Can Bank of China help other bankers see the value of going digital with open ecosystems? Source: Shutterstock

Can Bank of China help other bankers see the value of going digital with open ecosystems? Source: Shutterstock

Bank of China pioneers open platforms and mutually beneficial ecosystems

BANKERS in China face tight scrutiny because regulators are proactive and keen to protect customers from financial losses and maintain the integrity of the financial system.

Fortunately, bankers in the country don’t see it as a hinderance — they believe those regulations help them think outside the box while still maintaining compliance as a priority item on the agenda.

At the recent Tencent Global Digital Ecosystem Summit, Bank of China CIO Liu Qiuwan highlighted a few the company’s achievements and shed light on what banks need to think about when it comes to digitally transforming themselves.

Qiuwan’s message, albeit aimed at bankers in China, are widely applicable to bankers and organizations everywhere.

Bank of China has always been progressive and focused on supporting customers to help them grow their business and meet personal goals.

Recognizing the strong demand, the company launched its digital development program last year and received an overwhelming response.

In fact, Bank of China now boasts of 145 million mobile phone banking customers (as of late last year) and claims that its mobile app’s international version is used in 18 countries right now.

That’s quite a feat when you think of the scale that the app needed to achieve and the digital infrastructure that would be required to support the fast-growing uptake among customers.

In Hong Kong, Bank of China uses blockchain for almost all of its real-estate appraisals. Used to calculate monthly mortgage payments, the technology makes it easier and more seamless.

“In the past, banks and [real estate] appraisers had to exchange faxes and emails to produce and deliver physical certificates. Now the process can be done on blockchain in seconds,” Bank of China Hong Kong’s General Manager of IT Rocky Cheng Chung-Ngam told the South China Morning Post recently.

Technology is driving a shift towards ecosystems

As organizations move to the cloud and banks battle legacy infrastructure to optimize their core for smarter and more intelligent technologies, there’s a natural shift towards a more collaborative ecosystem.

“With the advancement of digitalization, the internet-based ecosystem has gradually developed into a digital ecosystem,” said Tencent President Martin Lau at the Summit. The company has therefore decided to become more open and join hands its B2B and B2C partners to provide the most optimal solutions for industrial upgrades.

In the case of banks, progress is definitely being made towards smarter and more intelligent apps and customer-facing solutions, however, the shift towards collaborations is also being facilitated by regulators.

Regulators in Australia, Singapore, and Hong Kong believe are giving a firm push to open banking and APIs as they expect it to help build collaborative ecosystems that benefit customers.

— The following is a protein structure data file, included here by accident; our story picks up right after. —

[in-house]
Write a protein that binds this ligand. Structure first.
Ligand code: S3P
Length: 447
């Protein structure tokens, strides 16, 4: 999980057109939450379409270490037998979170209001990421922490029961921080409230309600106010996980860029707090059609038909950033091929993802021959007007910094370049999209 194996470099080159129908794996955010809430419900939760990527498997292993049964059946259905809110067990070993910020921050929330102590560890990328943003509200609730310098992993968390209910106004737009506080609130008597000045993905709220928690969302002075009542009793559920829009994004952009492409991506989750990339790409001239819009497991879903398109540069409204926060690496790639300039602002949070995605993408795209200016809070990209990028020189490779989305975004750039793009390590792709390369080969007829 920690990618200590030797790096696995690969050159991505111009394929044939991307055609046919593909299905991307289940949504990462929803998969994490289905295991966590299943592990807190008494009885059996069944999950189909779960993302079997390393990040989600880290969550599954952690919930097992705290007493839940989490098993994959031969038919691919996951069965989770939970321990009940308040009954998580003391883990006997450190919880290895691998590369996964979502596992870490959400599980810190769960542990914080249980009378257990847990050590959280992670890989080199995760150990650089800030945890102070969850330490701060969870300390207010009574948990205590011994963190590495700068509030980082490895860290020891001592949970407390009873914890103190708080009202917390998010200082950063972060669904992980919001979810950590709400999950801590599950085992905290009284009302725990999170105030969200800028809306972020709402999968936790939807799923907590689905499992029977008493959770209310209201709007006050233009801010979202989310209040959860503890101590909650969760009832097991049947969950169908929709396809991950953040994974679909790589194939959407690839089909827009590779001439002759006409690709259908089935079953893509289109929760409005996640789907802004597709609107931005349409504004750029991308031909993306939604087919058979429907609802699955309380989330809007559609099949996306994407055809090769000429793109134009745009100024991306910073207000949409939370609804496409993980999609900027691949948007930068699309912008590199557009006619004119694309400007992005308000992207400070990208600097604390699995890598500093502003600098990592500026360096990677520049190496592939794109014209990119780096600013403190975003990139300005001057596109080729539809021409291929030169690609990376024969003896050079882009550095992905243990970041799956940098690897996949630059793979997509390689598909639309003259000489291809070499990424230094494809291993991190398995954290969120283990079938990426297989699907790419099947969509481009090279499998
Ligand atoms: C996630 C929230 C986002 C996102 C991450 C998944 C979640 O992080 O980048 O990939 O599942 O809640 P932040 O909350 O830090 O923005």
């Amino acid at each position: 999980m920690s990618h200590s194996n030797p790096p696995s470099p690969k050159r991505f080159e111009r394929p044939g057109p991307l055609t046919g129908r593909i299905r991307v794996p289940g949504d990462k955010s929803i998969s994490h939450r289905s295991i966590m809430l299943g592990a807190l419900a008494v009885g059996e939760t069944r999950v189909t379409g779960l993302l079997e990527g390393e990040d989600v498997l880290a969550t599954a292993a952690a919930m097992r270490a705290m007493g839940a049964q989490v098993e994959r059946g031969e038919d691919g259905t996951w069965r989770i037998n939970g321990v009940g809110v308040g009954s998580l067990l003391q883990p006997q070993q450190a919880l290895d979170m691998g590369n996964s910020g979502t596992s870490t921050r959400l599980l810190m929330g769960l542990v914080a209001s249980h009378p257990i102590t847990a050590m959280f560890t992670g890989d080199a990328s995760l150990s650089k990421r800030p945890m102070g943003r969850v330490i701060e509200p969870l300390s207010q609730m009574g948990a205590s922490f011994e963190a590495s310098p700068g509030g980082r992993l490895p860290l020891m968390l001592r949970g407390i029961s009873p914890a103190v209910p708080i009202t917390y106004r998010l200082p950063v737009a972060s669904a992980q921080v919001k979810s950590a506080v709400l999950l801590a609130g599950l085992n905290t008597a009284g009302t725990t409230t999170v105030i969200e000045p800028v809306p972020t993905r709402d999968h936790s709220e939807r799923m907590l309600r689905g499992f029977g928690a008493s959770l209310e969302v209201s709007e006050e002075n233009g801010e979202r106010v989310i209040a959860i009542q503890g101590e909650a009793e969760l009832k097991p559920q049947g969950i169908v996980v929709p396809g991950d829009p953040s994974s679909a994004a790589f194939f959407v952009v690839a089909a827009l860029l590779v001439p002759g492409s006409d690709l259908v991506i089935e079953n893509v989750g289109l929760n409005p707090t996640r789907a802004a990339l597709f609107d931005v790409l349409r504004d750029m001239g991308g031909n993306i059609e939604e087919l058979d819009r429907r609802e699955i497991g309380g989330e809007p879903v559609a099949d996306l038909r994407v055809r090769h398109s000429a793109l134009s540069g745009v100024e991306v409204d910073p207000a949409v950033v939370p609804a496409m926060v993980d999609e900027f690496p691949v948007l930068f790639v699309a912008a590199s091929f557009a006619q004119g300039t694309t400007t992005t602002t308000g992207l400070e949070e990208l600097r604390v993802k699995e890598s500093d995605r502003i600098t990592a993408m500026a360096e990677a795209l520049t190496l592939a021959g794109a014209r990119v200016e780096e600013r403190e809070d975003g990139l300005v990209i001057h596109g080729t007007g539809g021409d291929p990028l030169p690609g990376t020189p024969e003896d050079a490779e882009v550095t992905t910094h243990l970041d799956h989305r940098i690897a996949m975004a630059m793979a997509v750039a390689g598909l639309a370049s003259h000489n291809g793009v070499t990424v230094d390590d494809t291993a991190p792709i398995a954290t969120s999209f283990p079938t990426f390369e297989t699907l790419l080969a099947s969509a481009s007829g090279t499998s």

“Bank of China pioneered open platforms in the country and works platforms such as Tencent’s WeChat, Qunar, and Tuniu networks to create mutually beneficial ecosystems,” pointed out Qiuwan.

Given the success that those collaborations have brought the bank and the boost it has provided to customer experience and satisfaction metrics, it is clear that more of these are needed for the financial services industry to thrive in the digital age.

“Digital transformation is not just a transformation of technology but also of cognition and thinking,” Quaiwan highlighted at the conference, explaining that the collaborations require more than just technical ability.

A change in mindset and culture will provide bankers with the ability to really go the distance with their digital transformation agenda and support customers in ways that better integrate with their lifestyle needs and choices.

Digital transformation needs to prioritize security and compliance

“Without security and compliance, any innovation is reckless,” said Qiuwan.

The Bank of China CIO’s statement and position on innovation is clear and very insightful — not just for banks but also for companies in industries that handle customer data or need the customer’s trust.

Banks might usually come under the scanner first because they have access to critical customer data, but as other companies climb the digital maturity curve, they’re beginning to collect more customer data in order to personalize their offerings and find a new niche for themselves.

Therefore, as businesses move to build ecosystems and create innovative solutions that delight customers, they need to pay attention to security and compliance — right from the start.

At the conference, Tencent provided an important example of building ecosystems without compromising on data security.

Its popular WeChat app with over 1 billion monthly active users tends to share data with brands through mini-programs (with the user’s consent) but makes sure that the data doesn’t leave the ecosystem, which ensures security across the board.

In the future, as more platforms and companies come together to build better offerings in industries such as financial services and healthcare, security and compliance will be key to ensuring customers are protected while they enjoy the comforts that the move to more integrated solutions intends to bring.